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Old 04-09-2009, 11:09 AM   #16
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Help: Installing Faux stone over interior concrete surface


Excellent

Thanks again...Ok..I think that will conclude my endless questions.

Thanks all for the feedback..def learned some new stuff...

Peace

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Old 04-09-2009, 12:56 PM   #17
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Help: Installing Faux stone over interior concrete surface


TS...after I replied to your post, I got a email from the Lone Star Stone company stating

"I prefer the type n it has a little bit more workability. Thinset is primarily used for tile applications i wouldnt use it."


I know you prefer the thin-set..and I gave them the prep surface, so they know it is a clean concrete surface. Just wondering...then again you said you have used thin-set many times with great success. Plus the Thin-Set bag did mention that could be used for stones..so maybe I am overthinking
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Old 04-09-2009, 02:51 PM   #18
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Help: Installing Faux stone over interior concrete surface


For jointed stone, Type N is OK. The mortar has more body, and done correctly, the joints provide a key to help hold the stones in place. On stacked stone, there is no place for excess mortar to "squeeze out", and no keying action from the joint, so the excess "body" is not needed. Type N is a compressive strength designation (750 PSI). As a rule, bond strength (The primary property of the mortar that matters for faux stone) increases with the compressive strength of the mortar. That is why most manufacturers recommend Type S (1800 PSI). Thinset is overkill for most applications, it is more expensive, and can make a one step process into a 2 step process (for jointed stones). I prefer it none the less.
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Old 04-13-2009, 09:06 PM   #19
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Help: Installing Faux stone over interior concrete surface


Walaaaa !

Def worth it...really added a nice look to the basement.

Thanks for all the tips fellas. Wasn't that bad to do..a few hiccups, but I am pleased with the result.
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Old 05-27-2009, 04:17 PM   #20
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Help: Installing Faux stone over interior concrete surface


Nice one! Did you end up using the metal lath or just the thinset? If thinset which of the two types did you end up going with? Hows it looking a month later? Anything fall off?
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Old 05-31-2009, 06:10 PM   #21
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Help: Installing Faux stone over interior concrete surface


Sorry for the late reply. It's been a few weeks since I checked the forum.

To answer your question:

I used Faux stone veneer and just put them up directly on the masonary wall using thinset as mentioned in this thread by some of the forum members. No metal lathe/scratch coat. Just buttered up the stones and popped them in. To be honest, it was quite an easy project, just took some time putting them up as I had cuts to do and played witht he pattern a few times. Nothing has fallen off or is loose. These stones were the dry stack variety, so grout application was not applicable.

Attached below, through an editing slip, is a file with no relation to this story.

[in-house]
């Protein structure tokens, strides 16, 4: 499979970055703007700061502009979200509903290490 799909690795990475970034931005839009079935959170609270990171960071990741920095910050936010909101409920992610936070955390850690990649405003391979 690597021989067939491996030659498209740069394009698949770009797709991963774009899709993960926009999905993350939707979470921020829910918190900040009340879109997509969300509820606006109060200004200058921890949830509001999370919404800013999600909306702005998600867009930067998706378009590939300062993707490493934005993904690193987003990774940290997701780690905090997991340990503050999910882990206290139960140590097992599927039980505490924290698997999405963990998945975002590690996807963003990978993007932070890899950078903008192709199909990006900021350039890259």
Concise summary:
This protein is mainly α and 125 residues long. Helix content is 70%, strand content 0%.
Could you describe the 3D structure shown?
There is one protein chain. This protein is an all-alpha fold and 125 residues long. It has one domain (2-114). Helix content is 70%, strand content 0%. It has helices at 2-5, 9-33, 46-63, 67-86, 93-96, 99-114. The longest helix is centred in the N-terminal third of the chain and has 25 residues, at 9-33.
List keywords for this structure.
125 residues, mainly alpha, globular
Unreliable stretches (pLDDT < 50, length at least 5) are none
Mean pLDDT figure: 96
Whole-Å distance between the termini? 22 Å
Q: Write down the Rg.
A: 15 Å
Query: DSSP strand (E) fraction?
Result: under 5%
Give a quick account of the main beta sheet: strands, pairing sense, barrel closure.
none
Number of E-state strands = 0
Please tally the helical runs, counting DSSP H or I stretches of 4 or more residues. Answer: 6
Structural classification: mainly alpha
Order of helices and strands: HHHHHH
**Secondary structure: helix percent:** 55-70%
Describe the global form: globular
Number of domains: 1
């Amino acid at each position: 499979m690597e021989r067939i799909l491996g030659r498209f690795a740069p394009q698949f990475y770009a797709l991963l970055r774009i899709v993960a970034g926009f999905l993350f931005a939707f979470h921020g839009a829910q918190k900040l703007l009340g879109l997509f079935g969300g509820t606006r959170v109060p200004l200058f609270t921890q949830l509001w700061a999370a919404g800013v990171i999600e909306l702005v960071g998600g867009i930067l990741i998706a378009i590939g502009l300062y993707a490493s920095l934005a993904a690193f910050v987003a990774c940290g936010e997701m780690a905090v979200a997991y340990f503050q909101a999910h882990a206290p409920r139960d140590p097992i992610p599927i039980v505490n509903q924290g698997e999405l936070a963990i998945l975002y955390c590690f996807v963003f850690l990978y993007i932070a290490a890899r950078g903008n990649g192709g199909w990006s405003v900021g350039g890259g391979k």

I highly recommend faux stone to dress up a wall.

The thinset I used was Laticrete Grey Multi purpose 253 Gold thin-set Mortar. I had left over bags from my floor tile projects in the past, so I just used that
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Old 12-28-2009, 12:42 AM   #22
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Help: Installing Faux stone over interior concrete surface


A little architectural stone installation info from a carpenter/GC.

First, all you need is a masonry surface to apply the stone to. If you have a cmu block wall then you don't need a scratch coat or lathe plus scratch coat. If you have anything else, i.e. sheetrock, plywood, or other non-masonry then you wil have to apply a 15 lb felt paper vapor barrier, then nail diamond lathe 6" OC,making sure the galvanized roofing nails penetrate the studs at least one inch, then scratch coat with pre-mixed veneer stone mortar. The stucco coat should be raked or scratched after it is floated so that the mortared stone can key into the stucco coat.

To install the stone you will need a 3/8 pointing tool, a 1/2 pointing tool, a small pointed trowel, a large pointed trowel, a stiff masonry brush, a grout bag (if you are grouting), an angle grinder outfitted with a 4" masonry wheel, and the proper concrete mixing equipment.

Always work from the top down. Faux stone is hard to clean and mortar gets everywhere. Mix either with redi-mix veneer stone mortar or mix your own portland or type N with the appropriate amounts of sand and lime (if applicable). If you are using a pre-mixed mortar it is important to mix in some portland cement with the mix to increase tackiness and adhesion.

Make as few cuts as possible and try not to show the cut. Faux stone cuts well and can be shaped with a masons hammer. For a dry stack I like to use my pointing tool to pack the mortar around the stone once I have stuck it to the wall. If the wall is to be grouted then this is not as necessary.

And remember, when you are installing your nose is 6 inches from your work. Be sure to step away frequently to admire your progress, and check for inconsistencies. And one more thing... USE A LEVEL!

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